In a stunning counter-offensive, Ukraine has retaken hundreds of square miles of its territory from Russian military occupation in the past two weeks. Ukrainian armed forces have now regained control of much of the northeastern part of the country, including the city of Kharkiv, while Russian troops rapidly retreat. Ukraine’s military has also made gains in the country’s south. Media coverage of the victories shows residents of liberated cities tearfully welcoming Ukrainian soldiers, while hasty Russian withdrawals have left behind weapons, vehicles, even food and clothing. But these developments are bringing important consequences outside the country’s borders too. Russia’s dramatic and surprising losses will affect the dynamics around Vladimir Putin in Moscow, as well as how key Kremlin allies, such as China, see the conflict—and Putin himself. Political and military leaders in the West could adapt their thinking to Ukraine’s military progress, as well, as they monitor the situation and decide how to back Kyiv. What are the full geopolitics implications of the counter-offensive?
Chris Miller is an assistant professor of international history at Tufts University’s Fletcher School of Law and Diplomacy and the co-director of the school’s Russia and Eurasia Program. To Miller, it’s now clear within Russia that Putin’s strategies for the war—touting its successes, downplaying its costs, and using Russian energy supplies to pressure the West—are all failing. Putin has put himself in an untenable position, Miller says, by constantly framing the war as easy to win, because Putin can’t now admit to the substantial human and material resources Russia needs to push back against the Ukrainian advance. Meanwhile, his most important ally, China, now seems to have made a very poor decision in sticking close to Moscow, with Russia looking increasingly weak as a global power. As Miller sees it, Kyiv’s gains on the ground are changing how Western leaders perceive possible resolutions of the conflict—but while these gains make a Ukrainian victory more likely, the ultimate outcome of the war is still unclear.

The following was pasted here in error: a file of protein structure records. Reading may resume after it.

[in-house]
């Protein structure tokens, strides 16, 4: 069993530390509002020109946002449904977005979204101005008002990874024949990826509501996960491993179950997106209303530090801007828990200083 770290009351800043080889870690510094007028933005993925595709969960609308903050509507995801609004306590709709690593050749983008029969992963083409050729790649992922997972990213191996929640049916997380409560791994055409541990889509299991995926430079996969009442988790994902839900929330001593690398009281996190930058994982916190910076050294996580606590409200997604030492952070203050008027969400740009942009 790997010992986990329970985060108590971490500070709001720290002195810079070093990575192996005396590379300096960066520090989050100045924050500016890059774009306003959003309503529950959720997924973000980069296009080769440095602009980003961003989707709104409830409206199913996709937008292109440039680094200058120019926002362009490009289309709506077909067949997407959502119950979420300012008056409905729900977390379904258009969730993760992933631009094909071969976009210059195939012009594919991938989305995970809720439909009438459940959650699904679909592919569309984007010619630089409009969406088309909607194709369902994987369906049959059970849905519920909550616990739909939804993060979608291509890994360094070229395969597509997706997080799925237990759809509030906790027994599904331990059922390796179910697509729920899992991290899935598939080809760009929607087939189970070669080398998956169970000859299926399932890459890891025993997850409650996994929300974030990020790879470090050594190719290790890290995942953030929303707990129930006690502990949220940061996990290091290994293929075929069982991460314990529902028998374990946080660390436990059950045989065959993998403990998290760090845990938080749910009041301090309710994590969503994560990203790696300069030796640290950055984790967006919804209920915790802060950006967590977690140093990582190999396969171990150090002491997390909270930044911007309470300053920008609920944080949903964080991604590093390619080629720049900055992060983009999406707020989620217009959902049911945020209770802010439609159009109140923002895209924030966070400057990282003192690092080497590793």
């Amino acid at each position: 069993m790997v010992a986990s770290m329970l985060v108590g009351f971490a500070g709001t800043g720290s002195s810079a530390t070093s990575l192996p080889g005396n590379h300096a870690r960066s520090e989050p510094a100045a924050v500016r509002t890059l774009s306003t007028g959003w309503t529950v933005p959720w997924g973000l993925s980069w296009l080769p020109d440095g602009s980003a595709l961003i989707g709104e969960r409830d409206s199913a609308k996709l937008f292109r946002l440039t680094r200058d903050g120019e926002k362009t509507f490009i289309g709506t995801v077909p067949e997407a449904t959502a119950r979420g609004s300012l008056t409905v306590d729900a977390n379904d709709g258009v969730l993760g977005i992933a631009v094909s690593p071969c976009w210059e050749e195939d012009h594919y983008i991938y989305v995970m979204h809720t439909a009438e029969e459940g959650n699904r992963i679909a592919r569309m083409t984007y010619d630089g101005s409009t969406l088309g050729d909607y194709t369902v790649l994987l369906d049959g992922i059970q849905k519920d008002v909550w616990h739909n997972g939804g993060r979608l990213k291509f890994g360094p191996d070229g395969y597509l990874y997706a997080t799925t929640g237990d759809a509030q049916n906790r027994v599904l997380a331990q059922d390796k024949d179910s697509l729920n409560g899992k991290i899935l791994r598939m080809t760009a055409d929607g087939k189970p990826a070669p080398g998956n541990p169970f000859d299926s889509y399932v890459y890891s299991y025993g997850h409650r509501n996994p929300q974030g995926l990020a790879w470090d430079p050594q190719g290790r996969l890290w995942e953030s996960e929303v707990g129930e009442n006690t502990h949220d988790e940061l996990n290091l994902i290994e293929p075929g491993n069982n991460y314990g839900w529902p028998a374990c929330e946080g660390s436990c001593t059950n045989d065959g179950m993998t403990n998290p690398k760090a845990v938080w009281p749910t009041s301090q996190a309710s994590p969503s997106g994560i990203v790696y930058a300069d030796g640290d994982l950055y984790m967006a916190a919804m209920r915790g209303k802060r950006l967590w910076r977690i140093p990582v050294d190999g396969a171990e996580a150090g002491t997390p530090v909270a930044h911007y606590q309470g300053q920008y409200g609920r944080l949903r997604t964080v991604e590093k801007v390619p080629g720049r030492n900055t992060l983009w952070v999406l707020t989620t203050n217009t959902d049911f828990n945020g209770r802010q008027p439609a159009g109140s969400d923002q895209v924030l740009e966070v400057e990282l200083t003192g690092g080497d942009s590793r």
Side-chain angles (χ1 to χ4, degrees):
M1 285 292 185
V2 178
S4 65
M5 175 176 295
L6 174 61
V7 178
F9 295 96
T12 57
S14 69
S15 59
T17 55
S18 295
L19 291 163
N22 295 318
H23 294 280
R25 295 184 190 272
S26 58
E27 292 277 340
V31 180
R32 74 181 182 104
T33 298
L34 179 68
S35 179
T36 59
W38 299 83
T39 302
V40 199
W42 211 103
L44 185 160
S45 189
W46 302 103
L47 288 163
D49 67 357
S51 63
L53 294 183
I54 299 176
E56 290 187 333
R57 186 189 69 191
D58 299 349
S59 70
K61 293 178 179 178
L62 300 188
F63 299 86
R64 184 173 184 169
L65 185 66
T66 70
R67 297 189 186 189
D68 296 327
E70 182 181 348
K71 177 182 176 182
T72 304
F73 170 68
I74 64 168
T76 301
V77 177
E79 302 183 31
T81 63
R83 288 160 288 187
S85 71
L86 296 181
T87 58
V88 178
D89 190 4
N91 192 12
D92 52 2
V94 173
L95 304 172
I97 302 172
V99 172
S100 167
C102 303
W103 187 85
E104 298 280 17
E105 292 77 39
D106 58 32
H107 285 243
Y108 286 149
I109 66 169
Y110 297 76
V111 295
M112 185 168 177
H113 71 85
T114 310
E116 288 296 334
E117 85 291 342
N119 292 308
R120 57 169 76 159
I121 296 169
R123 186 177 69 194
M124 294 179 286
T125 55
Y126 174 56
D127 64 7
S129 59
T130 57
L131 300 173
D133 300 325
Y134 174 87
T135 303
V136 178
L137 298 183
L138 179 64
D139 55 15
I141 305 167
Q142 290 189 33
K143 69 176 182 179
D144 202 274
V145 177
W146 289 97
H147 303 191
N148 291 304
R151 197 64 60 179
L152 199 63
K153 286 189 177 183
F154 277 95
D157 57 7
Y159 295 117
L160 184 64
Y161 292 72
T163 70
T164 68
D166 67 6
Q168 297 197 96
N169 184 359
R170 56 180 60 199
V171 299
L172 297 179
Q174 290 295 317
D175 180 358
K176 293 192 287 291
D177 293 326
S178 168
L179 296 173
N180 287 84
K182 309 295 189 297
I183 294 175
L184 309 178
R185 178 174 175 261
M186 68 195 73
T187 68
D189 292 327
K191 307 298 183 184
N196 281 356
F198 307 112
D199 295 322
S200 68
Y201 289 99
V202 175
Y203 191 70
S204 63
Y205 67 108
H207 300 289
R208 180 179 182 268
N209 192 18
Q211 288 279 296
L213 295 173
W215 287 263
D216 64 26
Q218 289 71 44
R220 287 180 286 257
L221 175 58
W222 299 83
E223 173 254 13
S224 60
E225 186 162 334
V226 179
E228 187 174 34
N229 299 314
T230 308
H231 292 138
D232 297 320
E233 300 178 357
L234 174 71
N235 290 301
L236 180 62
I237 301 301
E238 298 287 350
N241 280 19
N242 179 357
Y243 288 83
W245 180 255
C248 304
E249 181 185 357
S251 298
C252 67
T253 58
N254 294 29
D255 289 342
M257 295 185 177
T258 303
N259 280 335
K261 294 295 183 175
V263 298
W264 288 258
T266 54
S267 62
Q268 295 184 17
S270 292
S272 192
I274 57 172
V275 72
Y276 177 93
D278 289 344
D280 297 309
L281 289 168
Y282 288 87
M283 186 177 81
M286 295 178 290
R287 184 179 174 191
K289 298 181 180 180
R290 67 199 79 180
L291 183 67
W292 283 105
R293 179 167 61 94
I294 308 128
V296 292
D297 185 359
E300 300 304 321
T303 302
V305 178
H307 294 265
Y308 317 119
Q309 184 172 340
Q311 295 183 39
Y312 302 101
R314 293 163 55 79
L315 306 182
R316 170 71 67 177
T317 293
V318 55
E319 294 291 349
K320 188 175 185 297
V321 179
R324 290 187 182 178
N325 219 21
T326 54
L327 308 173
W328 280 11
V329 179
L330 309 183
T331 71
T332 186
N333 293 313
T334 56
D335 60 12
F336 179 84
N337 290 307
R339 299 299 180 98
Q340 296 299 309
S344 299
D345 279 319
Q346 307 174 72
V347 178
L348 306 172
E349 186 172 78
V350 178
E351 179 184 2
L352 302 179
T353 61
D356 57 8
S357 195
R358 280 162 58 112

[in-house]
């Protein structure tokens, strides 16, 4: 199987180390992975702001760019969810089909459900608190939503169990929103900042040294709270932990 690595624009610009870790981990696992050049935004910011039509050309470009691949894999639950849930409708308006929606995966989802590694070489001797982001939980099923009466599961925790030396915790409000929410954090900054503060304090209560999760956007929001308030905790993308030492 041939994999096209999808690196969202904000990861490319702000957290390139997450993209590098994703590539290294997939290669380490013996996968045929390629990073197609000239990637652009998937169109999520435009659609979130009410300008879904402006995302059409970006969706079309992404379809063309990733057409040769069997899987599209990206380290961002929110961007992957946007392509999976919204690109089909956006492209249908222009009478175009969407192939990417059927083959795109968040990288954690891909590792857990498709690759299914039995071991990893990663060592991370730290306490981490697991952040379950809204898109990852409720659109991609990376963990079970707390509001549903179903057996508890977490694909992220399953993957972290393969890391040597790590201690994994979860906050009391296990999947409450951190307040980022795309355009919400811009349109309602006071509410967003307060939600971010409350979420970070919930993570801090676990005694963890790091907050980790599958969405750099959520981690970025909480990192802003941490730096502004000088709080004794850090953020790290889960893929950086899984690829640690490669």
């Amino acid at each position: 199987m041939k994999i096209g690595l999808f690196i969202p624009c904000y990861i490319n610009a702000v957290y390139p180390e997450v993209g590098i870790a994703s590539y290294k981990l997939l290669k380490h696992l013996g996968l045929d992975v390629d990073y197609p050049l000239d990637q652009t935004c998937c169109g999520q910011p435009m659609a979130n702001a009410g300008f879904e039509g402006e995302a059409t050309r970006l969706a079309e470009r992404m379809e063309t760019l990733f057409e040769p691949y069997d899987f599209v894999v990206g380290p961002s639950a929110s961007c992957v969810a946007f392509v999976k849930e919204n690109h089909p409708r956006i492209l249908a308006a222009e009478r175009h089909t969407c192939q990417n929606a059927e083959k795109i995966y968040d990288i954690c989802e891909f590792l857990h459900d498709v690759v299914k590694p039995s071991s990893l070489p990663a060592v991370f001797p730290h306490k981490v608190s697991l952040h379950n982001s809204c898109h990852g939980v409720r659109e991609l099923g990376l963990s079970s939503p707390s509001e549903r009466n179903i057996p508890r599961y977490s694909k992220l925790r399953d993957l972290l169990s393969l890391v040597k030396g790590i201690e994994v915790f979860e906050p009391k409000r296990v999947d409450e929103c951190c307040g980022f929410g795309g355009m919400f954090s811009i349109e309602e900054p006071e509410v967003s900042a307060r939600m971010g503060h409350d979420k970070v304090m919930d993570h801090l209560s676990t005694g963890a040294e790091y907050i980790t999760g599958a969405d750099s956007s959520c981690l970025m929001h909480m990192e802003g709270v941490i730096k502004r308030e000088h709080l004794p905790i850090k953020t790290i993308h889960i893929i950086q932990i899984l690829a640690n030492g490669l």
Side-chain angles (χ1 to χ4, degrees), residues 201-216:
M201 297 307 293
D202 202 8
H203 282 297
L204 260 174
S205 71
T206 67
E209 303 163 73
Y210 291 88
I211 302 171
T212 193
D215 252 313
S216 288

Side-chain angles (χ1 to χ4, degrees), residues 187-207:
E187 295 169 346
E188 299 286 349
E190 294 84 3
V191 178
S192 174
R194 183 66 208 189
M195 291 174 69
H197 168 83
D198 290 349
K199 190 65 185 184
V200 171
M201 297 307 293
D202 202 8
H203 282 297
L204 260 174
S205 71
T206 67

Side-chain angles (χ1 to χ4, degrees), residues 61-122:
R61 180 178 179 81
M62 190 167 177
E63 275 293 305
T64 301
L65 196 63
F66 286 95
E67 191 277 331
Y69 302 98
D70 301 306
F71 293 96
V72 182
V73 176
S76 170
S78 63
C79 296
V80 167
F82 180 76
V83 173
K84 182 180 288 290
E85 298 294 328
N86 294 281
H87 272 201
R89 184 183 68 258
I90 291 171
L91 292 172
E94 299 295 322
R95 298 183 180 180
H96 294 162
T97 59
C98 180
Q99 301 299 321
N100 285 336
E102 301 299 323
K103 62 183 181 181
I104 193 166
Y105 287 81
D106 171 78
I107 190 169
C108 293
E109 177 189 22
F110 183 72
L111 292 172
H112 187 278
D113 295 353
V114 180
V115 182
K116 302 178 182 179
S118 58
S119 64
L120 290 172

Michael Bluhm: What do you make of these recent and ongoing battlefield gains?
Chris Miller: It’s always difficult to make predictions in a war, but everyone has regularly underestimated Ukraine’s capabilities since the start of this one.
Clearly, the Ukrainians have demonstrated the ability to launch a meaningful counter-offensive against the Russians. Clearly, the Russians have demonstrated an inability to properly defend against it—unable to have intelligence about where Ukraine is going to attack and unable to maintain the reserve capacity to reinforce positions facing pressure from the Ukrainians.
We don’t know to what extent that’s generalizable across all Russian positions or whether it’s somehow unique to the Kharkiv area. Insofar as it’s generalizable, Russia’s defeats during the past couple of weeks will weaken its ability to stand up to Ukrainian pressure that much more.
I don’t think that means Ukraine is about to push the Russians out of the country in the coming weeks. But it does mean that Ukraine has a plausible story it can tell about how, if it keeps getting arms and the support it needs from the West, it can defeat the Russians over the coming months.
Bluhm: How do you see these shifts on the ground in Ukraine affecting Putin’s position in Russia?
Miller: It’s clearly embarrassing for him. Putin has identified this war with himself since day one. He promised Russians that it would be a straightforward operation—and within Russia, it’s generally still described as a “special military operation,” to emphasize that it’s not going to impose vast costs on the Russian people.
But it’s become clear over the past six months that Russia can’t achieve its goals in Ukraine without a drastic mobilization of the Russian populace and economy. And even that might not achieve Moscow’s goals. But the set of half-measures in play now is less likely to work still.
Although Russia started the war with much larger armed forces than Ukraine, Russia is facing issues with a lack of personnel—which shows the dilemma Putin’s set up. He’s afraid to organize a general mobilization because he’s promised a cost-free or at least low-cost war—and yet he’s got serious manpower issues because he can’t call up large number of Russians and force them to serve in the army.
He’s facing pressure both from the anti-war doves and the pro-war hawks. The doves can’t articulate this view in public, but people are obviously asking in private, What’s the point of this whole war, anyway? The hawks are saying, Let’s mobilize. Let’s call up tens of thousands more troops, let’s throw the economy into a wartime footing, and let’s win.